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Courtney Lonsway at the Carter Center
December 19, 2019

History plus art adds up to a promising career

Courtney Lonsway ’18 arrived at Berry with a love of history. But by the end of her freshman year, she doubled her academic interests to major in history and minor in art. This decision propelled Courtney through a rich combination of courses, study abroad and internships, including a stint at The Carter Center. Today she works at the Centers for Disease Control and Prevention Museum and credits Berry experiences and mentors with her success.

Professor of Art History Virginia Troy introduced Courtney to historic preservation. “She helped me realize that art and history work together beautifully,” Courtney says. “Dr. Troy connected me with Oak Hill and The Martha Berry Museum, where I met her former student and museum curator, Rachel McLucas, who put my coursework into action.”  

Courtney gained three years of hands-on experience, with increasing levels of responsibility. As a docent, she led tours of the Oak Hill historic home, performed archival maintenance of artifacts and interacted with visitors. “My Berry work experience prepared me to face the ‘trial by fire’ nature of museum work,” she says. “Each day presented a new challenge and new experience of learning stories from visitors and the history around me.”

As a research assistant, Courtney served as one of the historic building inspectors, monitoring and reporting on the condition of Oak Hill. She also learned to catalog and display artifacts and to set up gallery displays at Oak Hill and The Martha Berry Museum. By her senior year, Courtney rose to the positions of lead historical building inspector and curatorial assistant. “Selecting pieces and orchestrating the art gallery hallway taught me the importance of logistics, arrangement and precision,” she explains.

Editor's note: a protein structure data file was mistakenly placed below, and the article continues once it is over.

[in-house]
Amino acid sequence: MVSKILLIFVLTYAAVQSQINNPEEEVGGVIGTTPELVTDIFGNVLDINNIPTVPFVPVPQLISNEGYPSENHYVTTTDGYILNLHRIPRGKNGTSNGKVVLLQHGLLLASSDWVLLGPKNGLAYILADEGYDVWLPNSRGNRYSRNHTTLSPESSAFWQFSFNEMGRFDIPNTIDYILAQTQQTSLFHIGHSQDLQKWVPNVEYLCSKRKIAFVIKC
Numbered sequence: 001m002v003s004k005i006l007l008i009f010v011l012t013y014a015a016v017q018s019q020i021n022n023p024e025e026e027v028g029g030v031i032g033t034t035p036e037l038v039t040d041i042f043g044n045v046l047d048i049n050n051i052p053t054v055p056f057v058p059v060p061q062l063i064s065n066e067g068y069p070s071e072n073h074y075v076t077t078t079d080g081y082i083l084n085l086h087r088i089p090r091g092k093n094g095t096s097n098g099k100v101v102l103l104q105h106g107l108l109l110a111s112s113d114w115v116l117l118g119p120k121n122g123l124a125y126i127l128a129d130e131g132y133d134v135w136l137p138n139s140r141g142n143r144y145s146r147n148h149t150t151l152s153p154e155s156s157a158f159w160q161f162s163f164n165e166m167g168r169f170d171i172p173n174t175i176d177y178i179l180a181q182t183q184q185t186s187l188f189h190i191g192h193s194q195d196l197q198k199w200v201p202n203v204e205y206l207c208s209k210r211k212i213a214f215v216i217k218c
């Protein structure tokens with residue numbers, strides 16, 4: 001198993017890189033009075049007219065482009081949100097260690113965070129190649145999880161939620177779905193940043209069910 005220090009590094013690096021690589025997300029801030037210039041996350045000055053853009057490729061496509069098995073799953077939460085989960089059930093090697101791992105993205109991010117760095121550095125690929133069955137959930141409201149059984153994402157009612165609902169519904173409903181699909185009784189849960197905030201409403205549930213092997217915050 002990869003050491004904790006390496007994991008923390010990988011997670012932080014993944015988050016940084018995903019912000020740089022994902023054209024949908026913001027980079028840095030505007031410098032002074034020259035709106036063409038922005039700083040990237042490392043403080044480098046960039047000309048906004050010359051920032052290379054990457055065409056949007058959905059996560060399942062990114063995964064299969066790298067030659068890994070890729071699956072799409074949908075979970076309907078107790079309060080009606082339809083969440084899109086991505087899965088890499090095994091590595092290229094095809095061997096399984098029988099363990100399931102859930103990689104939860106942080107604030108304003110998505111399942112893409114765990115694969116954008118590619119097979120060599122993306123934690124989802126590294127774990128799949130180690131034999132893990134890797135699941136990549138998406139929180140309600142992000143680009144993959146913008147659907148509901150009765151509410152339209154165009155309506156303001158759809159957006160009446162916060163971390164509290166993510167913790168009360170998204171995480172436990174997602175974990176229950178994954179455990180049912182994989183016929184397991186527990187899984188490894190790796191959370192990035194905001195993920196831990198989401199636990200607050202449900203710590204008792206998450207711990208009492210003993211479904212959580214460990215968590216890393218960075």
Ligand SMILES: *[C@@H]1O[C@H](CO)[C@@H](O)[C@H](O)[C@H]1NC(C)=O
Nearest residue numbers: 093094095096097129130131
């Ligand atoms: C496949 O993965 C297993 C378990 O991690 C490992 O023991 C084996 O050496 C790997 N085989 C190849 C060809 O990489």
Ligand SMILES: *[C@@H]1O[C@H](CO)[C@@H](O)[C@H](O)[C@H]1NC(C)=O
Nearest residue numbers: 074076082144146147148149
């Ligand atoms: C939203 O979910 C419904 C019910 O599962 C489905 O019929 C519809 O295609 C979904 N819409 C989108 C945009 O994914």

Courtney expanded her training with internships at the Atlanta History Center, the Margaret Mitchell House and the Breman Museum: Weinberg Center. “These experiences enabled me to explore different historical eras and learn from the perspectives of those around me,” she says. She met a number of Holocaust survivors while preparing educational materials, surveys and activities to facilitate teacher training and Holocaust dialogue at the Breman Museum.

Studying advanced history and drawing in Madrid reinforced Courtney’s career interests. “The art and history throughout Spain inspired me to continue to pursue work in museums with a greater appreciation for the importance of learning other languages to understand and appreciate the provenance of collections,” she says.

“I consider it an honor to have experienced the joy and love that President Carter and his wife Rosalynn devote in their efforts to wage peace, fight disease and build hope.”

Throughout her college career, Courtney shone academically. She presented twice at Berry’s Symposium on Student Scholarship, with research projects on “Renaissance Art and Rabbits” and “War and Art: The Journey of the Ghent Altarpiece.” She received top awards at the Honors Convocation — the Troy Gardner Art Award and the History Faculty Award.

After graduation, Courtney landed a meaningful position as an art/volunteer services intern at The Carter Center, where she put management, conservation, research and appraisal skills into action. She also worked on docent training materials. A memorable highlight of this experience included spending time with Jimmy and Rosalynn Carter. “I consider it an honor to have experienced the joy and love that President Carter and his wife Rosalynn devote in their efforts to wage peace, fight disease and build hope.”

In 2019, she landed a job as the curatorial assistant at the Centers for Disease Control and Prevention Museum, where she is tackling new learning opportunities: “My work at the CDC has expanded my knowledge of collections through an expansive collection of posters, documents, t-shirts, notebooks, pamphlets and more. My research skills have expanded through the creation of abstracts and keywords for Global Health Chronicles, a free web-based collection of disease-based public health."

As she looks to her future, Courtney is considering graduate school with an eye on programs in public history or museum work. Looking back on her own college career, she says three things are important for students: “Start job hunting before graduation. Keep your resume updated for opportunities. Rewarding internships provide professional growth, job opportunities and networking within your field.”

Photo courtesy of The Carter Center

Staff Writer

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